The new DIA cable was released on the Archive Web site along with other declassified documents that shed light on human rights crimes under Fujimori’s government, his close ties to his intelligence chieftain, Vladimiro Montecinos, and the two cases for which the imprisoned former president is now being prosecuted: the death squad kidnapping and disappearance of nine students and one professor at La Cantuta University in July 1992, and the massacre of a group of 15 leftists and an eight-year-old child during a neighborhood community barbeque in Barrios Altos in November 1991.
The documents were obtained under the Freedom of Information Act by analysts at the Archive’s Peru Documentation Project. The project has provided declassified evidence drawn from U.S. records to Peruvian human rights advocates and officials for over a decade.
“The prosecution of Alberto Fujimori is nothing less than a historic event in the history of the human rights movement in Latin America,” according to Peter Kornbluh, a senior analyst on Latin America at the Archive. “It is a major step toward truth and justice in Peru and the Western Hemisphere.”
l) Defense Intelligence Agency, Cable, [Deleted] Commando Execution of Two MRTA Hostage Takers and “Take No Prisoners” Order, June 10, 1997, Secret, 2 pp.
This DIA cable, classified SECRET and sent from Lima through a special “roger channel” to the Pentagon, ties President Alberto Fujimori to a specific human rights atrocity committed at the end of the siege of the Japanese Ambassador’s residence by MRTA guerrillas. An intelligence source who appeared to have participated in the assault to retake the residence, stated that two rebels surrendered and were then summarily executed. According to the source, “The order to take no MRTA alive was given by President Alberto Fujimori. …because of this, even MRTA who were taken alive did not survive the rescue operation.” The document also describes the way Peruvian paramilitary commandos attempted to cover up the execution of the guerrillas. (Another source later reported that three rebels, two men and a woman, were executed after surrendering.)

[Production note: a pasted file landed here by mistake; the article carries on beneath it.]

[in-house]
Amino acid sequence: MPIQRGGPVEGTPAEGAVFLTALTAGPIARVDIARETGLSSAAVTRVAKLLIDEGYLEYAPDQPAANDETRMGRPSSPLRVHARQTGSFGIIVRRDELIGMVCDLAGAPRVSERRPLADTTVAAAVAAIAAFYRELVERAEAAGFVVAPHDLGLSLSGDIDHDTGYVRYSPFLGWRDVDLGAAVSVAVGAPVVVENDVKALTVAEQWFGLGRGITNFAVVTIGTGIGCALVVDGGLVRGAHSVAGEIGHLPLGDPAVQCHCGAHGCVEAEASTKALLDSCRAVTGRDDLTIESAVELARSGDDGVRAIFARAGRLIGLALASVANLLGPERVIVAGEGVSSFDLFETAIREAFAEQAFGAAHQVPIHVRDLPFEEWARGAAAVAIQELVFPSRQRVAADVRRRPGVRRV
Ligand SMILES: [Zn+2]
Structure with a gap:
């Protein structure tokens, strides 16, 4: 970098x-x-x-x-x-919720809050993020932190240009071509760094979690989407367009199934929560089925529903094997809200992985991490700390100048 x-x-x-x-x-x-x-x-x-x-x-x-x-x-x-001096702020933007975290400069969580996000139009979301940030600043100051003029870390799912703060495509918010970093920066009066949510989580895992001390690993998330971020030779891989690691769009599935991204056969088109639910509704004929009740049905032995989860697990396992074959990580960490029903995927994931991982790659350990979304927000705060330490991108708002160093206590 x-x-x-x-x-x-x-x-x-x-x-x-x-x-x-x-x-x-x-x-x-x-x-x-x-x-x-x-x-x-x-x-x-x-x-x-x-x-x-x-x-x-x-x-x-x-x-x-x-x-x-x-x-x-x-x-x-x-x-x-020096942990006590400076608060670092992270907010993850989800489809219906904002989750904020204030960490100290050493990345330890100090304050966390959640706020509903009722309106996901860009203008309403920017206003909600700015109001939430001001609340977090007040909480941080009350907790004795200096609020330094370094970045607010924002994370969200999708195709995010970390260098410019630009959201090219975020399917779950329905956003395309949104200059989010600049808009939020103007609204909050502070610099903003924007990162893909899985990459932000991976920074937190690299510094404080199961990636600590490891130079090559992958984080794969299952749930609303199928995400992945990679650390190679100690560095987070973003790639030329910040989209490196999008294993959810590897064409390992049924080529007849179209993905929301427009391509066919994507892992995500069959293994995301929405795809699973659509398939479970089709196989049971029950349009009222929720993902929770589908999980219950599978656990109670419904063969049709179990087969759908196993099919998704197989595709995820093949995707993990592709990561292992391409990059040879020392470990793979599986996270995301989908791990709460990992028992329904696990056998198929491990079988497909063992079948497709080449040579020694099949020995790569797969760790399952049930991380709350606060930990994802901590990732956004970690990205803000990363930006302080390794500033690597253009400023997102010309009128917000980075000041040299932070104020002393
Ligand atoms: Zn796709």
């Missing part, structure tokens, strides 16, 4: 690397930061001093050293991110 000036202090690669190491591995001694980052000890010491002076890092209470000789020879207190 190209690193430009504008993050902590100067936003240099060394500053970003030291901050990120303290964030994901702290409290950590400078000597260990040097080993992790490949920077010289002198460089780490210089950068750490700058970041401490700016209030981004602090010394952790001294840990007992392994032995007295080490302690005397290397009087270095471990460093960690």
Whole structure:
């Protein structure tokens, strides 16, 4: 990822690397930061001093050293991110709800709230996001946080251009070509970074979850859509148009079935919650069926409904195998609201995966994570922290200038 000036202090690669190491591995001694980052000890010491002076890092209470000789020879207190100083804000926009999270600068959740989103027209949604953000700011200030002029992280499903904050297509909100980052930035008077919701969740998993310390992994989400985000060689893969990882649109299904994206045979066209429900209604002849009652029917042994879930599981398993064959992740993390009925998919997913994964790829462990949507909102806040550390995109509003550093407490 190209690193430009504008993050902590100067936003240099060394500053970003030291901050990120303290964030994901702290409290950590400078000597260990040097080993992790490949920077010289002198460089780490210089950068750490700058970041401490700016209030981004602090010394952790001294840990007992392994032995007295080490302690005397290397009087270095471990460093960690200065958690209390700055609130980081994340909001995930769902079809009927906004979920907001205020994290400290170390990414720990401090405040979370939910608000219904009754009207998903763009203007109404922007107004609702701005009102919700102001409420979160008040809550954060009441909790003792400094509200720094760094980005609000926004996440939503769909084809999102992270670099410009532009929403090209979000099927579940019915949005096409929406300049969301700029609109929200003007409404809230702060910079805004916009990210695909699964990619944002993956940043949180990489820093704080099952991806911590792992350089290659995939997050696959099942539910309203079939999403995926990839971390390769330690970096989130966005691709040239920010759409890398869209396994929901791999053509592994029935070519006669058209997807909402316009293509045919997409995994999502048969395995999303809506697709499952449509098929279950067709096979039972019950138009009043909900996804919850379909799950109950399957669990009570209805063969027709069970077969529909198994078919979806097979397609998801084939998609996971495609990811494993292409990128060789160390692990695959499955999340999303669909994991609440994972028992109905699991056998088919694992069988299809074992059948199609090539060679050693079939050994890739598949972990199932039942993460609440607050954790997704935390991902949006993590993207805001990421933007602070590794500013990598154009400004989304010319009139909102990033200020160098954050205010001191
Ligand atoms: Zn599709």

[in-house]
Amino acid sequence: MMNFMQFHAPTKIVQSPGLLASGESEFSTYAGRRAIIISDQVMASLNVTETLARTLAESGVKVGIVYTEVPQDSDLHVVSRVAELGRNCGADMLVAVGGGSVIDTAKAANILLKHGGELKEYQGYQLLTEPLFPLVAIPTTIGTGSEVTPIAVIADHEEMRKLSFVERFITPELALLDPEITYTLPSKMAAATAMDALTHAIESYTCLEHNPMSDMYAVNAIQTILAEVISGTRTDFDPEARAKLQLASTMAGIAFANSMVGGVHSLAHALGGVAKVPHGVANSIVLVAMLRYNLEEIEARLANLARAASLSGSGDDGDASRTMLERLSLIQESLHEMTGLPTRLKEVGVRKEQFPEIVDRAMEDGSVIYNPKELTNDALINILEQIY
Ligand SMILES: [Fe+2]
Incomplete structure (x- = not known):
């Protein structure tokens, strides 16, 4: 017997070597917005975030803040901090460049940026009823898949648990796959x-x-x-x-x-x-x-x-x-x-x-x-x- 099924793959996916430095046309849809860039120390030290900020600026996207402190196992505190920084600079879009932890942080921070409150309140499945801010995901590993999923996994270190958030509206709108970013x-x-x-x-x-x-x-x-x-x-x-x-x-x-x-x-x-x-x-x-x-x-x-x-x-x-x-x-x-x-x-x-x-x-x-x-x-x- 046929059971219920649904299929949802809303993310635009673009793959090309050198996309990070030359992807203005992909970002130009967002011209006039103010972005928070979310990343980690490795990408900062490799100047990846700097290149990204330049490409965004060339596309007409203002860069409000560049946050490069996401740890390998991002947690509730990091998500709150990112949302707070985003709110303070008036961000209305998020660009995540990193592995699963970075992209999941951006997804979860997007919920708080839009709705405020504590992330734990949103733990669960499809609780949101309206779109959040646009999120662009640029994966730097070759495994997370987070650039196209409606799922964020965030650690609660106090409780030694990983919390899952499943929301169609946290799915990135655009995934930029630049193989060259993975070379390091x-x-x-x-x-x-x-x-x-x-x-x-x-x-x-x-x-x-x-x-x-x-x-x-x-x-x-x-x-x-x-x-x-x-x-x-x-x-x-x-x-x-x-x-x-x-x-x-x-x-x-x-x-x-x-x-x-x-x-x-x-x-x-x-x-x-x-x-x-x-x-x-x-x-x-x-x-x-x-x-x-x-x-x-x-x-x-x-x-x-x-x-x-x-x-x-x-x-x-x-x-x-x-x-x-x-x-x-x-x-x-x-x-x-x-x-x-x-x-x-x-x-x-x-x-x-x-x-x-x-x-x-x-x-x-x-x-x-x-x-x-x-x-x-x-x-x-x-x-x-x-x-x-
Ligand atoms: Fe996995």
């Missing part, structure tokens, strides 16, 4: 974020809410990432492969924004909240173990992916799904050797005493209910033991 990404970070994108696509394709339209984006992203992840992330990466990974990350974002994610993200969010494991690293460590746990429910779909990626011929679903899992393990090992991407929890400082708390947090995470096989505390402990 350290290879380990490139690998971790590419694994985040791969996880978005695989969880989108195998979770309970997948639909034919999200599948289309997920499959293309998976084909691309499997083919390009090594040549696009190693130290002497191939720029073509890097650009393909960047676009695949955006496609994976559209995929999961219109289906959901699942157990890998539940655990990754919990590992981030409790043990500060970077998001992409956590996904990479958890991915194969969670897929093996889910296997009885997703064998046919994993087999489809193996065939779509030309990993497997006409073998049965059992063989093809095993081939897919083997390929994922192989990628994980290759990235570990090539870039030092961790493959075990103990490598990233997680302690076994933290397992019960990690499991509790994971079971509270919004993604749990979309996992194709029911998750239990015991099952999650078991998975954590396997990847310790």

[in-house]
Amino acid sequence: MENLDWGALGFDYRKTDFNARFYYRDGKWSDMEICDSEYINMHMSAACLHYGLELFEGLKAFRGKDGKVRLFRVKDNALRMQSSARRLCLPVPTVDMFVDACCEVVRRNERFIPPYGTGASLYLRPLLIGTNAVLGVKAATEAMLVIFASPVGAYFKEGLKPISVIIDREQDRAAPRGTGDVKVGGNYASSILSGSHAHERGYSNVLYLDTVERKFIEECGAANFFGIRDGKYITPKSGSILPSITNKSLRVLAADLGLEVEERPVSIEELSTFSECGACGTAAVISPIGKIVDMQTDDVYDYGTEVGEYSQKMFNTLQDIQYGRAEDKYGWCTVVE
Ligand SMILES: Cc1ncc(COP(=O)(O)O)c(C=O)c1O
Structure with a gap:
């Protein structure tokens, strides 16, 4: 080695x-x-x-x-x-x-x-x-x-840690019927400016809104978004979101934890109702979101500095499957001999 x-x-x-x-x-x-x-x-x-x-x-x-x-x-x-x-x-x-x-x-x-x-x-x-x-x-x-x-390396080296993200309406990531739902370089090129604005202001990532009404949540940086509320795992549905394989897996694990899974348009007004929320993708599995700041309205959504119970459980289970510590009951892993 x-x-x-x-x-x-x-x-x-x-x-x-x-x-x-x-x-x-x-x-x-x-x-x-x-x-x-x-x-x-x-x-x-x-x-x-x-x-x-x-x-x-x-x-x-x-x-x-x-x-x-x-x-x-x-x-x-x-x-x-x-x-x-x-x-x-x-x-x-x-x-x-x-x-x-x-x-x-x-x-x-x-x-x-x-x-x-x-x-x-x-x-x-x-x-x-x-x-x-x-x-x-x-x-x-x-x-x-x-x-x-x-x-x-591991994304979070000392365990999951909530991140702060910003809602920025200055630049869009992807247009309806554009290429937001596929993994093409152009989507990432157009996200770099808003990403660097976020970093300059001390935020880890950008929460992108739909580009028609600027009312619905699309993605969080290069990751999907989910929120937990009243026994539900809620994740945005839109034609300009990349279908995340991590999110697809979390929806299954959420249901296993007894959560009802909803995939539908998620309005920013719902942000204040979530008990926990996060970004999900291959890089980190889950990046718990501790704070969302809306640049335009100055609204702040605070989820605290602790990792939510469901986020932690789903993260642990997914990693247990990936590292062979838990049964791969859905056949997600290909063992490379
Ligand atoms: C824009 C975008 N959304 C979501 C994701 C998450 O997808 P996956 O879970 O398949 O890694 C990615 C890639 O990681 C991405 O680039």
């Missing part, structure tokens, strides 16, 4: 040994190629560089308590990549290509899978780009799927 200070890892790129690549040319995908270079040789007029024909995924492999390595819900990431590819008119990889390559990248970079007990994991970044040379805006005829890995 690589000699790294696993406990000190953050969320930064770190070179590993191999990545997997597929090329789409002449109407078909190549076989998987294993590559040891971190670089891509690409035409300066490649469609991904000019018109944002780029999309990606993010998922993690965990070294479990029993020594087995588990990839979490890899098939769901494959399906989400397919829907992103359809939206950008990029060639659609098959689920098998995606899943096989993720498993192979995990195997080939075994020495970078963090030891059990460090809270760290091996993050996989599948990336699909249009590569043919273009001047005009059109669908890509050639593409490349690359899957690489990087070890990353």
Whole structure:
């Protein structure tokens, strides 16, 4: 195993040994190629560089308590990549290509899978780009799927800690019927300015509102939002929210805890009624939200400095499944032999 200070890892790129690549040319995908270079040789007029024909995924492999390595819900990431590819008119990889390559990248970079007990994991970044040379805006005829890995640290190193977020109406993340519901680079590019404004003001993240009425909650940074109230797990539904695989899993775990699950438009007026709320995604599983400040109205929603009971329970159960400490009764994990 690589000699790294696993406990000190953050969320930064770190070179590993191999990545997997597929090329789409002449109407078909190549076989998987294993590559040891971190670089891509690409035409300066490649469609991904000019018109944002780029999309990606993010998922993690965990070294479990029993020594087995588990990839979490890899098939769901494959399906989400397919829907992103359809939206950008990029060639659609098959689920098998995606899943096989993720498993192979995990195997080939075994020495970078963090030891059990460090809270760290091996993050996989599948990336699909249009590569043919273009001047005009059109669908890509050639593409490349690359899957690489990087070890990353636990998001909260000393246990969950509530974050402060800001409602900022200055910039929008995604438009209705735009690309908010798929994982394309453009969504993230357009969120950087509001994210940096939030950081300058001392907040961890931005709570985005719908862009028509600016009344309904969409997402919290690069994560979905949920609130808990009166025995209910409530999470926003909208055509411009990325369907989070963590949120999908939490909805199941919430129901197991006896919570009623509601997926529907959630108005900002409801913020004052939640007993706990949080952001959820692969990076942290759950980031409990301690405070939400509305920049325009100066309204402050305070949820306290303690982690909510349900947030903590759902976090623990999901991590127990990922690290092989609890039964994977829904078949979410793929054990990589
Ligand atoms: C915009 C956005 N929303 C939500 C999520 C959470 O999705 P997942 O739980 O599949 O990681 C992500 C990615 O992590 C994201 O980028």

2) State Department, Bureau of Intelligence and Research, “Peru, Freefall,” July 31, 1997. Top Secret/Codeword, 2 pp.
In a classified report, State Department intelligence analysts summarize the dramatic decline of President Fujimori’s popular support in Peru. The report describes Fujimori’s “murky” relationship to his top military and intelligence aides and states that they have “alienated most Peruvians with strong-arm measures.”
3) U.S. Embassy Cable, [Excised] Comments on Fujimori, Montesinos, but not on Barrios Altos, January 22, 1993, Secret, 10 pp. (previously posted)
An undisclosed source describes the close and complicated relationship between President Fujimori and his top intelligence aide, Vladimiro Montesinos. The source notes that while Fujimori understands the importance of human rights, in practice he “is prepared to sacrifice principles to achieve a quick victory over terrorism.” He is “absolutely committed to destroying Sendero Luminoso and the MRTA within his five year term and is prepared to countenance any methods that achieve that goal.”
4) US Embassy Cable, Systematic Human Rights Violations Under Fujimori: Ex-Army Officer Describes his Role in Assassinations, Letter Bombs, Rape and Torture, June 30, 1994, Secret, 29pp. (previously posted)